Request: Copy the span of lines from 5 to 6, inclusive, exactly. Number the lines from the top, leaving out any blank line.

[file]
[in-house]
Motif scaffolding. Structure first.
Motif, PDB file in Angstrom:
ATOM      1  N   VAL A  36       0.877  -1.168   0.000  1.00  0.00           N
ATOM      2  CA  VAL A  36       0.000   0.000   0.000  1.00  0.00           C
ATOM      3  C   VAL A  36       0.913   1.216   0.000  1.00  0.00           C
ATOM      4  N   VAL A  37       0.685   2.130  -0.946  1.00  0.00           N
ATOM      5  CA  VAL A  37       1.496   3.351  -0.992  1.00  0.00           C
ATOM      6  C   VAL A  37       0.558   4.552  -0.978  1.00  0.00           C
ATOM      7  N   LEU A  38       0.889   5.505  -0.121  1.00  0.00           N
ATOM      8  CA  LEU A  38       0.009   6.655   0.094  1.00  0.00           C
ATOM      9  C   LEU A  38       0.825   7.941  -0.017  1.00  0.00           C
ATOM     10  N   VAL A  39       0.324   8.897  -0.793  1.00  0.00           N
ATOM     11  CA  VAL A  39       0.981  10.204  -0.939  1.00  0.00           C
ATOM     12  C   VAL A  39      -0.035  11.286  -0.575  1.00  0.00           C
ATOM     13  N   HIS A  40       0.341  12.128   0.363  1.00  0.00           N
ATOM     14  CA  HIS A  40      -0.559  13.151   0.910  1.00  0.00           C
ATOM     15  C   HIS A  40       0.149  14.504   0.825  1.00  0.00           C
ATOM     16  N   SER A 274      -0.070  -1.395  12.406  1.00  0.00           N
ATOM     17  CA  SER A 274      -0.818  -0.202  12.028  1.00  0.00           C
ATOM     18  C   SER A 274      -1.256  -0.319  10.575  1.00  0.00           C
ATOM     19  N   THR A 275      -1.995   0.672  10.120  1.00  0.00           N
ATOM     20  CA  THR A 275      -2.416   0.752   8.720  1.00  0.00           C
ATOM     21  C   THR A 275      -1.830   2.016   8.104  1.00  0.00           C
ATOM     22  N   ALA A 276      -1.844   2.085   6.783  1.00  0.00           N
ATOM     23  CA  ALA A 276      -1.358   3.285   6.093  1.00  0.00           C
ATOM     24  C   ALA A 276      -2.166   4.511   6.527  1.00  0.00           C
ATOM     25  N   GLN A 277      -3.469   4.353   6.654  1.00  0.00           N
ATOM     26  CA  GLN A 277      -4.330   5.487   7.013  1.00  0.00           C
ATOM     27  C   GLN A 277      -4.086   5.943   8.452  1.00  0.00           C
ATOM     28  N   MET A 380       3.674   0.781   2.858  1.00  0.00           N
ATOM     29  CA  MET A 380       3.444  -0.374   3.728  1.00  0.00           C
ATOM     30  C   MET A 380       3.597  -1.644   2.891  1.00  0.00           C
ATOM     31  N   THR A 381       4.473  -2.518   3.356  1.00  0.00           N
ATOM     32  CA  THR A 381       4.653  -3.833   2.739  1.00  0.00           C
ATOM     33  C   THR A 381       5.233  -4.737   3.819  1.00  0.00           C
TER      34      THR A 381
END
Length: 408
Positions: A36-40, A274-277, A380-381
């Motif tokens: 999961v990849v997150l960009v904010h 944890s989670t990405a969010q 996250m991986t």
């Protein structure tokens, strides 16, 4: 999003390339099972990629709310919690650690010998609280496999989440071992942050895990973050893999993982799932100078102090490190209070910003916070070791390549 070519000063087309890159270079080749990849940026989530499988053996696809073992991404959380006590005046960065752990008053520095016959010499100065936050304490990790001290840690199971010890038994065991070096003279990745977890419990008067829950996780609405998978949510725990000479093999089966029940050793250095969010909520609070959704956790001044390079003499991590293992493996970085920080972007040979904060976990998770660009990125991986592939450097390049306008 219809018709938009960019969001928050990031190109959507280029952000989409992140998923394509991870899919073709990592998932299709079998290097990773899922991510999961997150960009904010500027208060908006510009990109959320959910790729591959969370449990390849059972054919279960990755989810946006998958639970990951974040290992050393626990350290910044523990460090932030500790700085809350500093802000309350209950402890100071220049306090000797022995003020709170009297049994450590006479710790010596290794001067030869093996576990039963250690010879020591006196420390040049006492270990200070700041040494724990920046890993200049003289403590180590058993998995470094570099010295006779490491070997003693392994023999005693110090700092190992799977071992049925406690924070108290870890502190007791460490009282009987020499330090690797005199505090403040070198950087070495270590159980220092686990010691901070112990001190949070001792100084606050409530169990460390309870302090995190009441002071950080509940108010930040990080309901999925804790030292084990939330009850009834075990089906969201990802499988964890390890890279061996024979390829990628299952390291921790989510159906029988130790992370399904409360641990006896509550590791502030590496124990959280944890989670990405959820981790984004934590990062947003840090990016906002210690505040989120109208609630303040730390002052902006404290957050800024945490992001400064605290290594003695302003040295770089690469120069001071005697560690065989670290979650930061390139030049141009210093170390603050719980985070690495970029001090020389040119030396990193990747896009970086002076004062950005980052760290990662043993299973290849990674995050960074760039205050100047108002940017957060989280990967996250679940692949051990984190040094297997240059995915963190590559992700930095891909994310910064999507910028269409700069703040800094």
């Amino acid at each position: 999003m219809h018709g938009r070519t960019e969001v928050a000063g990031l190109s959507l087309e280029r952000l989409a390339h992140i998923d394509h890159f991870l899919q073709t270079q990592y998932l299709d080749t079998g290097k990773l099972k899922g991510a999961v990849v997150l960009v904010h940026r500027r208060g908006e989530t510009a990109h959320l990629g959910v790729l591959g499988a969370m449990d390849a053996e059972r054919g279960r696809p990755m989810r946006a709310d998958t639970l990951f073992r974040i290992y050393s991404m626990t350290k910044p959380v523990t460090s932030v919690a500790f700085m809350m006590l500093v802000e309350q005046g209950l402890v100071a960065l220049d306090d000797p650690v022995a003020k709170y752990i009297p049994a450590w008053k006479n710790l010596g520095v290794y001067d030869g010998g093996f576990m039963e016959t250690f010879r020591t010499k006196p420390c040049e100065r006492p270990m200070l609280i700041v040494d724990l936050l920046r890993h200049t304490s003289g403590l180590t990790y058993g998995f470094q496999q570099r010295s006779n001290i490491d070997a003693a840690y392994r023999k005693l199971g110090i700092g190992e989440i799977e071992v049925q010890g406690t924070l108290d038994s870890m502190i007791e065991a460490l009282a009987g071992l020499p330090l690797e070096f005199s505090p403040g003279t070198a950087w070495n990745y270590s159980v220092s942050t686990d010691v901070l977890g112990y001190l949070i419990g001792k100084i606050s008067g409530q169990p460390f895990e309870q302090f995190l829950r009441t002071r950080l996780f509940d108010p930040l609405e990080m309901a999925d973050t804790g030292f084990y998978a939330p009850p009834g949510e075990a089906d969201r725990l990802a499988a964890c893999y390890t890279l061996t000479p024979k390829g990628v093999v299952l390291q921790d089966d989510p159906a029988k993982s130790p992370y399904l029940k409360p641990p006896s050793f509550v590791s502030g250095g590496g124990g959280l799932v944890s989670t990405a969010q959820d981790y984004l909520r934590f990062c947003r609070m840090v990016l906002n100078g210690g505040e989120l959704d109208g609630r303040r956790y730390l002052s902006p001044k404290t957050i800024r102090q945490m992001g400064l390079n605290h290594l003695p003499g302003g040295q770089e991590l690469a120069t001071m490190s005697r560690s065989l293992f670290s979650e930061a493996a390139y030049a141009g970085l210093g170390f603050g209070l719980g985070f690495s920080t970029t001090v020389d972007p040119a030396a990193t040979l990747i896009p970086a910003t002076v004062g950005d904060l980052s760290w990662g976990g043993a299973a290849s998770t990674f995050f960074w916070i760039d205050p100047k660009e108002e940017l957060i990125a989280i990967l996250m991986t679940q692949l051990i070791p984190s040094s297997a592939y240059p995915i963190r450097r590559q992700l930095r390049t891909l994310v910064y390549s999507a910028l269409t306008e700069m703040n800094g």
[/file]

ATOM      2  CA  VAL A  36       0.000   0.000   0.000  1.00  0.00           C
ATOM      3  C   VAL A  36       0.913   1.216   0.000  1.00  0.00           C